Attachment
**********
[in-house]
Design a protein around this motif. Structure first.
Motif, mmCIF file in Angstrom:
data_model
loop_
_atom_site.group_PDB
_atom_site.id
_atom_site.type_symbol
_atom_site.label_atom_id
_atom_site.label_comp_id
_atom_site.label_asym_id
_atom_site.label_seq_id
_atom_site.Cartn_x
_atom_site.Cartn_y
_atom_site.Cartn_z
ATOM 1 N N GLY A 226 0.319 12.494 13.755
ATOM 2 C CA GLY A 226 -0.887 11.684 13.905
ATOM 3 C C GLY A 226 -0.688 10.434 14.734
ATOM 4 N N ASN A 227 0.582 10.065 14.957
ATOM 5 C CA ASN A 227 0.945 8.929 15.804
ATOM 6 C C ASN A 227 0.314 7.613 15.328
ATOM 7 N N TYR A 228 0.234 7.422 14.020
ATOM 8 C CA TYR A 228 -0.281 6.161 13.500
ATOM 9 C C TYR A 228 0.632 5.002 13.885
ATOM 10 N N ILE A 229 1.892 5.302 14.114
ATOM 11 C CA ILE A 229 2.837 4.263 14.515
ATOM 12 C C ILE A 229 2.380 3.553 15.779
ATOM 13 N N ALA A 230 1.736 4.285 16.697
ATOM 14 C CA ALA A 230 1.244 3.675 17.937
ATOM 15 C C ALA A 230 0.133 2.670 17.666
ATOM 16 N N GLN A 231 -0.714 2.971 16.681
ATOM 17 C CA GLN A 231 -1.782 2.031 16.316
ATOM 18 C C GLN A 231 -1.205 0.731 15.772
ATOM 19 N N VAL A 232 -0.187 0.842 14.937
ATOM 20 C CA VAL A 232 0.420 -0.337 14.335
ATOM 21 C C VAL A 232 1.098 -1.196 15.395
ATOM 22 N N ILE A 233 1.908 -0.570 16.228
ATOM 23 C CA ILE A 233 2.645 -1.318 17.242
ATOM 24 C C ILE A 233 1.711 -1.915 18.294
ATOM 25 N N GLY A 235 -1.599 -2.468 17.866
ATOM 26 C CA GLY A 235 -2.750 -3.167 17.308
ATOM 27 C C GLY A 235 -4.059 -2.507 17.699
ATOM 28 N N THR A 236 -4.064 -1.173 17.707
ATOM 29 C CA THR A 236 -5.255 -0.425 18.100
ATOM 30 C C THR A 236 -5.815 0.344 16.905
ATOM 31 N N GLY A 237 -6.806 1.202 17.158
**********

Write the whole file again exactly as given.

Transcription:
[in-house]
Design a protein around this motif. Structure first.
Motif, mmCIF file in Angstrom:
data_model
loop_
_atom_site.group_PDB
_atom_site.id
_atom_site.type_symbol
_atom_site.label_atom_id
_atom_site.label_comp_id
_atom_site.label_asym_id
_atom_site.label_seq_id
_atom_site.Cartn_x
_atom_site.Cartn_y
_atom_site.Cartn_z
ATOM 1 N N GLY A 226 0.319 12.494 13.755
ATOM 2 C CA GLY A 226 -0.887 11.684 13.905
ATOM 3 C C GLY A 226 -0.688 10.434 14.734
ATOM 4 N N ASN A 227 0.582 10.065 14.957
ATOM 5 C CA ASN A 227 0.945 8.929 15.804
ATOM 6 C C ASN A 227 0.314 7.613 15.328
ATOM 7 N N TYR A 228 0.234 7.422 14.020
ATOM 8 C CA TYR A 228 -0.281 6.161 13.500
ATOM 9 C C TYR A 228 0.632 5.002 13.885
ATOM 10 N N ILE A 229 1.892 5.302 14.114
ATOM 11 C CA ILE A 229 2.837 4.263 14.515
ATOM 12 C C ILE A 229 2.380 3.553 15.779
ATOM 13 N N ALA A 230 1.736 4.285 16.697
ATOM 14 C CA ALA A 230 1.244 3.675 17.937
ATOM 15 C C ALA A 230 0.133 2.670 17.666
ATOM 16 N N GLN A 231 -0.714 2.971 16.681
ATOM 17 C CA GLN A 231 -1.782 2.031 16.316
ATOM 18 C C GLN A 231 -1.205 0.731 15.772
ATOM 19 N N VAL A 232 -0.187 0.842 14.937
ATOM 20 C CA VAL A 232 0.420 -0.337 14.335
ATOM 21 C C VAL A 232 1.098 -1.196 15.395
ATOM 22 N N ILE A 233 1.908 -0.570 16.228
ATOM 23 C CA ILE A 233 2.645 -1.318 17.242
ATOM 24 C C ILE A 233 1.711 -1.915 18.294
ATOM 25 N N GLY A 235 -1.599 -2.468 17.866
ATOM 26 C CA GLY A 235 -2.750 -3.167 17.308
ATOM 27 C C GLY A 235 -4.059 -2.507 17.699
ATOM 28 N N THR A 236 -4.064 -1.173 17.707
ATOM 29 C CA THR A 236 -5.255 -0.425 18.100
ATOM 30 C C THR A 236 -5.815 0.344 16.905
ATOM 31 N N GLY A 237 -6.806 1.202 17.158